The Mozart Year won't be taking place only in our concert halls and opera houses. Even stay-at-homes will have the option of immersing themselves in the totality of his art, and not just via radio and television.

At $29.95, Lincoln Center is supplementing its 19-month series of performances with a book, "The Compleat Mozart - A Guide to the Musical Works of Wolfgang Amadeus Mozart," edited by Neal Zaslaw and William Cowdery. Published by W.W. Norton & Co., its 500 pages include essays and brief discussions of every one of the 835 pieces.For true "compleat-ness," however, there is also the Neue Mozart-Ausgabe - "The New Mozart Edition" - a 120-volume printing of all his music in up-to-date critical editions. Interestingly, this project was launched in 1955, the year before the birthday bicentennial, meaning that it has taken longer to produce a scholarly edition of Mozart's music than it did for him to write it.

As for recordings, Philips has announced a similarly complete CD issue of the music, estimated in some quarters as destined to occupy approximately 12 feet of shelf space. I'm not sure that's the way to go for a lot of this music, but as it happens Philips already boasts about as distinguished a Mozart catalog as any company in the world.

If one wants all the symphonies, for example, their 12-CD set with Neville Marriner is as good as any around, with Telarc's still-in-progress Charles Mackerras cycle the nearest rival. On period instruments, Christopher Hogwood's Oiseau-Lyre survey provides a unique overview, with some performances (e.g., the Symphony No. 29) among the best ever recorded.

Otherwise I recommend sampling the individual recordings of Beecham - especially the newly reissued LPO recordings on EMI (still the finest Symphony No. 40 I know) - Tate (EMI) and Walter (CBS, including a glorious "Jupiter" Symphony).

Philips also looms large in the piano and violin concertos, the first via Alfred Brendel's set (again with Marriner), the second via Arthur Grumiaux's (with Colin Davis). For some, however, Brendel's intellect may exert less appeal in this music than Perahia's poetry (CBS) or Ashkenazy's elegance (London), or even the period tang of Bilson (DG, on fortepiano). By the same token, Anne-Sophie Mutter (DG and EMI) is a more-than-reasonable alternative in the violin concertos.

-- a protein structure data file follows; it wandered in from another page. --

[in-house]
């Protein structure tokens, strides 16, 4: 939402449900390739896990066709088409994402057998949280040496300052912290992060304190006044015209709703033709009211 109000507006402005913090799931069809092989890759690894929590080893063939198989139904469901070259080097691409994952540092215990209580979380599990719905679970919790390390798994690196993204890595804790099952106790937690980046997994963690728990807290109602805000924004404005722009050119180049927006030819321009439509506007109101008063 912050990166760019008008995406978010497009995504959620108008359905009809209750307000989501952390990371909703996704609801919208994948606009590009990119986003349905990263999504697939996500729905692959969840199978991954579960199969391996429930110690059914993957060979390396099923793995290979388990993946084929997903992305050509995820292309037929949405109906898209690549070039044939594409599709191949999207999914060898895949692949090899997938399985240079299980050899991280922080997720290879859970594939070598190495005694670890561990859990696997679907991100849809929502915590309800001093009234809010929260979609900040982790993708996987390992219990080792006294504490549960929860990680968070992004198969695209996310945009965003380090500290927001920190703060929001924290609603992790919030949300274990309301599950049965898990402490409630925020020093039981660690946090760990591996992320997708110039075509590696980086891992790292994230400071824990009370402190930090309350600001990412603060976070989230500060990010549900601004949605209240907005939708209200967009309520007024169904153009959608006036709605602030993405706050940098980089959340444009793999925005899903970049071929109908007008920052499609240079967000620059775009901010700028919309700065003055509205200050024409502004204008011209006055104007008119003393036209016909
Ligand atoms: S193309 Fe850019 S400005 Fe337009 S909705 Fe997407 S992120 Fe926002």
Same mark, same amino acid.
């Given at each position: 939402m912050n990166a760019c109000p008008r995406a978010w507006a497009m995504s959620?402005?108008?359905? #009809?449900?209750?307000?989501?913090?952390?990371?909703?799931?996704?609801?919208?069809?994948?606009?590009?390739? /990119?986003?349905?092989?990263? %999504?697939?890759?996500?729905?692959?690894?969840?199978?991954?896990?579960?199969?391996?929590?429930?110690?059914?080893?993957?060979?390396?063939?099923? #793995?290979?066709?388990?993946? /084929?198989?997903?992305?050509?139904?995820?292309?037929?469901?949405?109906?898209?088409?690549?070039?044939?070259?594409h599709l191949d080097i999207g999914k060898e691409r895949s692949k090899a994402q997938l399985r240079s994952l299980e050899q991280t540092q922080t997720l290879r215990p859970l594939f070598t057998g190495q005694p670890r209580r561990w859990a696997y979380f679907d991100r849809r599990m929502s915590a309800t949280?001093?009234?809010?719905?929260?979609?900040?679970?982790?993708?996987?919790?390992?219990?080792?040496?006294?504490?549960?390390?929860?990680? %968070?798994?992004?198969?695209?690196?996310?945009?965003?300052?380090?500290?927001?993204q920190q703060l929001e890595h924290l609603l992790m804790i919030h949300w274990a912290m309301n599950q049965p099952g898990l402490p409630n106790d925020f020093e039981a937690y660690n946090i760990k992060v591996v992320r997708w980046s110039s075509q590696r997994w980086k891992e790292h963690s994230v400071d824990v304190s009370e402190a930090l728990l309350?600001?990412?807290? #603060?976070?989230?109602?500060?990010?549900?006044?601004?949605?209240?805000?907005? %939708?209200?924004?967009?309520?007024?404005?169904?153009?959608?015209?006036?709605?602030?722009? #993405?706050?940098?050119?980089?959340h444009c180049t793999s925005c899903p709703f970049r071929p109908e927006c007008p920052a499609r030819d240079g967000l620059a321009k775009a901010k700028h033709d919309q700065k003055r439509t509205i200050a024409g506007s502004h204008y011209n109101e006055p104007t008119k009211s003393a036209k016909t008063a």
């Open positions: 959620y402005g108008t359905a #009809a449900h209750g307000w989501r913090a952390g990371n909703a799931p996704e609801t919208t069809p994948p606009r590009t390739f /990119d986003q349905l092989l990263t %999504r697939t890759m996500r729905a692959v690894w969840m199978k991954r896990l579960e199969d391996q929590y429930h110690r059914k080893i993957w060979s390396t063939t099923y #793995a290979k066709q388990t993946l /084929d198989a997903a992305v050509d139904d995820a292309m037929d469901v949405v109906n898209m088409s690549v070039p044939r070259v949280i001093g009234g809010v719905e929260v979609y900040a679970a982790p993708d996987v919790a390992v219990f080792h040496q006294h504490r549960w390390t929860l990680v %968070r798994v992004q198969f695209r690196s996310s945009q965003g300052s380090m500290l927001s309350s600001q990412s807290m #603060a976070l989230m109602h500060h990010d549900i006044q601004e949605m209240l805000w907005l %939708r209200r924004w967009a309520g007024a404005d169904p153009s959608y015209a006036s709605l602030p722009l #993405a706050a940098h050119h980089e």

Perlman and Zukerman still seem to me the pairing of choice in the Concertone and Violin/Viola Sinfonia Concertante. For the horn concertos, try Barry Tuckwell (London) or the older but still unsurpassable Dennis Brain (EMI).

I am also partial to older recordings of the operas, again many of them deriving from EMI. Oldest of these are the mid-'30s Glyndebourne editions of "Cosi Fan Tutte" and, particularly, "Don Giovanni" (despite its piano recitatives, still in many ways the best). Ditto the 1937/38 Beecham "Magic Flute." Here, however, one must choose between EMI's own CD issue and Pearl's, the latter offering, as with their "Cosi" and "Don Giovanni," a closer approximation of the original 78s, including a fair amount of surface noise.

Among more modern recordings, I would call attention to the elegantly sung Karajan and Boehm "Cosis" (both EMI, the latter in stereo), the Giulini "Don Giovanni" (EMI), the Kleiber and Marriner "Marriage of Figaros" (London and Philips respectively) and the Boehm and Klemperer (EMI) "Magic Flutes," the first with and the second without the spoken dialog.

As he was in the symphonies, Marriner can likewise recommended almost across the board in the other instrumental-ensemble works, for example the serenades and string divertimenti. As can the Alban Berg Quartet in either of its cycles of the later Mozart string quartets (Teldec or EMI).

For the clavier sonatas, I am sorry to see Lili Kraus' CBS set still among the missing. However, once one gets used to his speedy tempos Anthony Newman (Newport Classic) offers some comparably stimulating insights on the fortepiano, even if Bilson (Hungaroton), Uchida (Philips) and Pires (Denon) remain markedly safer choices.

Stimulation is also a quality one associates with John Eliot Gardiner's recent recording of the Requiem (Philips), easily the best of the period renditions. Unless, of course, one prefers the "purified" text Hogwood adopts on his Oiseau-Lyre edition. For me, I am unregenerate enough where this music is concerned to confess a weakness for the overt drama of Barenboim (EMI, the earlier of his two recordings) and the inner strength of Davis, also on Philips and sounding better than ever on CD.

Which, except for the operas and some of the symphonies, seems to me true of the entire Mozart canon. Which may indicate, on the one hand, how much farther we've gone but, on the other, how much closer we've come.